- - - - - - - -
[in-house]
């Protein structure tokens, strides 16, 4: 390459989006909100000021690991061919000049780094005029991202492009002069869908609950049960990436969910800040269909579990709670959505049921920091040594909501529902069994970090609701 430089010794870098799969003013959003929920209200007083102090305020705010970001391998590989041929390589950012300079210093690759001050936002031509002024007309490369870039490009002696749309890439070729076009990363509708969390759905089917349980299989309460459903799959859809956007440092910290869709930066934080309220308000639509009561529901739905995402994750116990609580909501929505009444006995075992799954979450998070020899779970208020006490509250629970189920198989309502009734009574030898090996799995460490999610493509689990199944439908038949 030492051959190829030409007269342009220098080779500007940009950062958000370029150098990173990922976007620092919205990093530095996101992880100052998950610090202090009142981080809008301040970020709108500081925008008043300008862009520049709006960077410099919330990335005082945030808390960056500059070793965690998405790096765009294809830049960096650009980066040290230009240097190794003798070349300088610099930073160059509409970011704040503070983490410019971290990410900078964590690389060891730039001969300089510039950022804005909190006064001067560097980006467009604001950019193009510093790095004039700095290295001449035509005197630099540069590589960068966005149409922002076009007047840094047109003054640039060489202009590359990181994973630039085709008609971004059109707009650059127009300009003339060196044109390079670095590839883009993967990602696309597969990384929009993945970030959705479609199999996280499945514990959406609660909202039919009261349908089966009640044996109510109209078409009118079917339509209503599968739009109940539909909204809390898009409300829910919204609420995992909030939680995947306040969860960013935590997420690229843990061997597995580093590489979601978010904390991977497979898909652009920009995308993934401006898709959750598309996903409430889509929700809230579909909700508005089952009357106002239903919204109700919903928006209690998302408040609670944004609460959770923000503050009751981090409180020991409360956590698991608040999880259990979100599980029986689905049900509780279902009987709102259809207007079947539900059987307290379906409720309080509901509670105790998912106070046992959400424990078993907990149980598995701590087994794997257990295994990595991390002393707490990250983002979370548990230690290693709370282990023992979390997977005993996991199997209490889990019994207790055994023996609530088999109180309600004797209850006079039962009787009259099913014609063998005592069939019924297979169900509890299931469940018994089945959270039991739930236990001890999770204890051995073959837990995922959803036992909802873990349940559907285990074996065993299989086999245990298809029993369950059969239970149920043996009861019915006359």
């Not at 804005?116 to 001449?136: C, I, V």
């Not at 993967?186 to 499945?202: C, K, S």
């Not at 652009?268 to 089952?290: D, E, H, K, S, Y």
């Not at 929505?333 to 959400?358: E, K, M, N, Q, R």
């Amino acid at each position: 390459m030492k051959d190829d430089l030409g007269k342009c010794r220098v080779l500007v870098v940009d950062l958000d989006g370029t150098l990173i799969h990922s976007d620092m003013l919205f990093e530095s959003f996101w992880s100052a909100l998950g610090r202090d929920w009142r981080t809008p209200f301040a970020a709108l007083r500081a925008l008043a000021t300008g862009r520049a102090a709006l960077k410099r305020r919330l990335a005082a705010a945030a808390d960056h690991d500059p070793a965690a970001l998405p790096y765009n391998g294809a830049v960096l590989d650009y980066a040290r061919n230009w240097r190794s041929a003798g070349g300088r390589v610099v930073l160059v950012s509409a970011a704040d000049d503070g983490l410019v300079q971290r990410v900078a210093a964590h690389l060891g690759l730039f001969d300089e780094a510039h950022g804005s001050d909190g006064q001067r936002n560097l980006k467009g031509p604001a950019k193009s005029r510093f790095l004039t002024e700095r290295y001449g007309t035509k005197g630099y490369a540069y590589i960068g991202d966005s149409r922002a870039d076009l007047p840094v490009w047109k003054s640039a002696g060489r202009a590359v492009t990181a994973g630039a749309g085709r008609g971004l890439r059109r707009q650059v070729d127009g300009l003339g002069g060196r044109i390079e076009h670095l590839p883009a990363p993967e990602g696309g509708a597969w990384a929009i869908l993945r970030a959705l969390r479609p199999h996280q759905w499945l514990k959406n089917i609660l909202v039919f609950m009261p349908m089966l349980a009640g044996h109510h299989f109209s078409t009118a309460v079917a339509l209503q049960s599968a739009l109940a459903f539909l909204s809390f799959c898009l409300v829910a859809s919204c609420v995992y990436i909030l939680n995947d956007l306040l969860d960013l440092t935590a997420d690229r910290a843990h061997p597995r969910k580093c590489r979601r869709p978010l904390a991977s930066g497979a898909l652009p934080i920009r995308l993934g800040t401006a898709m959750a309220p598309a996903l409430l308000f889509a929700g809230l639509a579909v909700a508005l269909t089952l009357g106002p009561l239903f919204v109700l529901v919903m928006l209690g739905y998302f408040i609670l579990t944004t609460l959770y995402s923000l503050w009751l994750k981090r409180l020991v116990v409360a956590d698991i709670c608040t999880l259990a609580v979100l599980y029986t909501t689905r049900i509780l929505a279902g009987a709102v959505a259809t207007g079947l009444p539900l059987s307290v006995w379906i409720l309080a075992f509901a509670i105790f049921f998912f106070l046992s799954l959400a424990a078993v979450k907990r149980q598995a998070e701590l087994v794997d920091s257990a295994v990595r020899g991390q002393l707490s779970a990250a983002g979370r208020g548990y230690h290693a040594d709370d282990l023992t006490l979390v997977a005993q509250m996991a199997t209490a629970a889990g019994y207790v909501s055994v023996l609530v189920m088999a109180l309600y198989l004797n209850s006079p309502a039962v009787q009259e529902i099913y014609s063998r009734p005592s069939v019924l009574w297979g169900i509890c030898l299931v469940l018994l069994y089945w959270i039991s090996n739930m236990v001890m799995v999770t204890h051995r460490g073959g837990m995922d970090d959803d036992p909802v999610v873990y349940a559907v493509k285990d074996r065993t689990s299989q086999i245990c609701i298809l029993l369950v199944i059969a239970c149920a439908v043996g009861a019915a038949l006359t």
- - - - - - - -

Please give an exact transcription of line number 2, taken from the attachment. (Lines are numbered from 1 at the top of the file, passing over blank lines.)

């Protein structure tokens, strides 16, 4: 390459989006909100000021690991061919000049780094005029991202492009002069869908609950049960990436969910800040269909579990709670959505049921920091040594909501529902069994970090609701 430089010794870098799969003013959003929920209200007083102090305020705010970001391998590989041929390589950012300079210093690759001050936002031509002024007309490369870039490009002696749309890439070729076009990363509708969390759905089917349980299989309460459903799959859809956007440092910290869709930066934080309220308000639509009561529901739905995402994750116990609580909501929505009444006995075992799954979450998070020899779970208020006490509250629970189920198989309502009734009574030898090996799995460490999610493509689990199944439908038949 030492051959190829030409007269342009220098080779500007940009950062958000370029150098990173990922976007620092919205990093530095996101992880100052998950610090202090009142981080809008301040970020709108500081925008008043300008862009520049709006960077410099919330990335005082945030808390960056500059070793965690998405790096765009294809830049960096650009980066040290230009240097190794003798070349300088610099930073160059509409970011704040503070983490410019971290990410900078964590690389060891730039001969300089510039950022804005909190006064001067560097980006467009604001950019193009510093790095004039700095290295001449035509005197630099540069590589960068966005149409922002076009007047840094047109003054640039060489202009590359990181994973630039085709008609971004059109707009650059127009300009003339060196044109390079670095590839883009993967990602696309597969990384929009993945970030959705479609199999996280499945514990959406609660909202039919009261349908089966009640044996109510109209078409009118079917339509209503599968739009109940539909909204809390898009409300829910919204609420995992909030939680995947306040969860960013935590997420690229843990061997597995580093590489979601978010904390991977497979898909652009920009995308993934401006898709959750598309996903409430889509929700809230579909909700508005089952009357106002239903919204109700919903928006209690998302408040609670944004609460959770923000503050009751981090409180020991409360956590698991608040999880259990979100599980029986689905049900509780279902009987709102259809207007079947539900059987307290379906409720309080509901509670105790998912106070046992959400424990078993907990149980598995701590087994794997257990295994990595991390002393707490990250983002979370548990230690290693709370282990023992979390997977005993996991199997209490889990019994207790055994023996609530088999109180309600004797209850006079039962009787009259099913014609063998005592069939019924297979169900509890299931469940018994089945959270039991739930236990001890999770204890051995073959837990995922959803036992909802873990349940559907285990074996065993299989086999245990298809029993369950059969239970149920043996009861019915006359």